Although commercial mineral supplement is considered the most appropriate choice of meeting the mineral demands of the animals, when not correctly supplied, it can cause an imbalance in blood mineral levels, and lead to disorders in the animal’s metabolism. During visits to the properties participating in the research, it was found that many producers chose to purchase commercial supplement, as they felt that the commercial product offered greater reliability with regard to the nutritional levels necessary for maintaining the health of the animal.

Among the limiting factors for the occurrence of hypomagnesemia in cows that received commercial supplement, the following can be included: the improper dilution of commercial mineral mix with common salt (NaCl) in order to increase the yield of the "mineral salt"; supplements of dubious origin, which cannot be relied on to meet necessary requirements, a common situation with mineral bases; combinations of minerals that may be antagonistic to other minerals; and offering smaller quantities than necessary and using troughs of limited size. According Malafaia et al. (2014) errors in the management of mineral supplement can be found in various properties that carry out livestock activities, and happen due to misunderstandings and ideas which the producers have learned from past generations or from colleagues; these generate some confusion and are the cause of considerable economic loss to the sector.

The cows that received the single supplement of NaCl, or with the addition of a mineral base, showed no signs of the disorder, possibly because this research was carried out during the rainy season, when the nutritional value of the pastures was higher, contributing to maintain Mg levels within the normal range. The average daily production/cow, 7.5 ± 1 L.dia-1, and total daily production of 150 L.dia-1 should also be considered, which makes cows have less Mg for milk synthesis.

Pechin et al. (2011) evaluated the levels of Mg in the blood of dairy cows and the amount available in the pasture over the four seasons of the year. The authors found that the cows had lower values ​​for serum Mg (1.44 ± 0.18 mg.dL-1) during the winter season, which coincides with the driest period, showing that the seasons differ significantly from each other (P < .05). These results are corroborated by Moreira et al. (2015), who obtained higher concentrations of serum Mg during the summer (2.88 mg.dL-1), a season with more rainfall.

The reduction in peripartum serum Mg levels is due to this and other minerals being required for the development of the calf and to produce colostrum and milk, which together with a low dry-matter intake (DMI), leads to insufficient nutrient uptake (Martens et al., 2018; Doncel et al., 2019). According to Martín-Tereso & Martens (2014), Mg absorption should exceed the requirement of this mineral for the milk, endogenous secretion and tissue absorption (soft tissue and bones).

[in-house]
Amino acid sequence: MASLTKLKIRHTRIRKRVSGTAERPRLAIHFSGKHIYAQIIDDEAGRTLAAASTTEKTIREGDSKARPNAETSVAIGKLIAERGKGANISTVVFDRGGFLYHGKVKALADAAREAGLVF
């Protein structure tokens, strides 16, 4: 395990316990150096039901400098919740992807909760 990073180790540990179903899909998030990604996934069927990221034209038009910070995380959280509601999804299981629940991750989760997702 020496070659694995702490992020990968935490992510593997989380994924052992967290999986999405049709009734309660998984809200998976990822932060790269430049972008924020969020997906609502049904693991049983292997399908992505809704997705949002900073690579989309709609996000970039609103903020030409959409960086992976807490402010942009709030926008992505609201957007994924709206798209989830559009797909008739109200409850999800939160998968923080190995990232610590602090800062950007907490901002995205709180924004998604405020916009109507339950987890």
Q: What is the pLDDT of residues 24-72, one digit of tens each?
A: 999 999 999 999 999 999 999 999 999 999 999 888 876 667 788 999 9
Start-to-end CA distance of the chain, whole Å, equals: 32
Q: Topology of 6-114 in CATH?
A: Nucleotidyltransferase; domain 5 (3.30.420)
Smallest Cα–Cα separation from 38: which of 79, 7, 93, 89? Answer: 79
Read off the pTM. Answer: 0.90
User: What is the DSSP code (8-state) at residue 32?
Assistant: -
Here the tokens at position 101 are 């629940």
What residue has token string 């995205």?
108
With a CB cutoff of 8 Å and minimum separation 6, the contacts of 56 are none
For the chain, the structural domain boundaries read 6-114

In a study carried out by Alvarenga et al. (2015), of the 12 animals evaluated, one presented subclinical hypomagnesemia (1.67 mg.dL-1) five days after calving. Schimitt et al. (2016), evaluating 11 cows during the transitional period, found that five presented subclinical hypomagnesemia (blood levels below 1.8 mg.dL-1) in both pre- and post-partum episodes, with emphasis on two cows whose Mg concentrations remained below normal serum levels for 60% of the experimental period.

For the peripartum cow, the status of the Mg interferes with Ca metabolism. Hypomagnesemia is a well-known risk factor for hypocalcemia (Neves et al., 2017). This is due to Mg acting as a binding cofactor between parathormone and its receptor, with its presence necessary for the parathyroid hormone (PTH) response to occur and for maintaining calcium homeostasis (Goff, 2008).

In addition, when analysing the types of feed management used on the properties, it was found that as the cows entered the post-partum period, the producers reduced the supply of bulk to increase the concentrate and milk production. However, this may be more expensive and cause the animals to develop hypomagnesemia, exactly at the most critical period of greater nutrient demand. According to Zelal (2017), Mg is required for all animals, but is more critical for ruminants.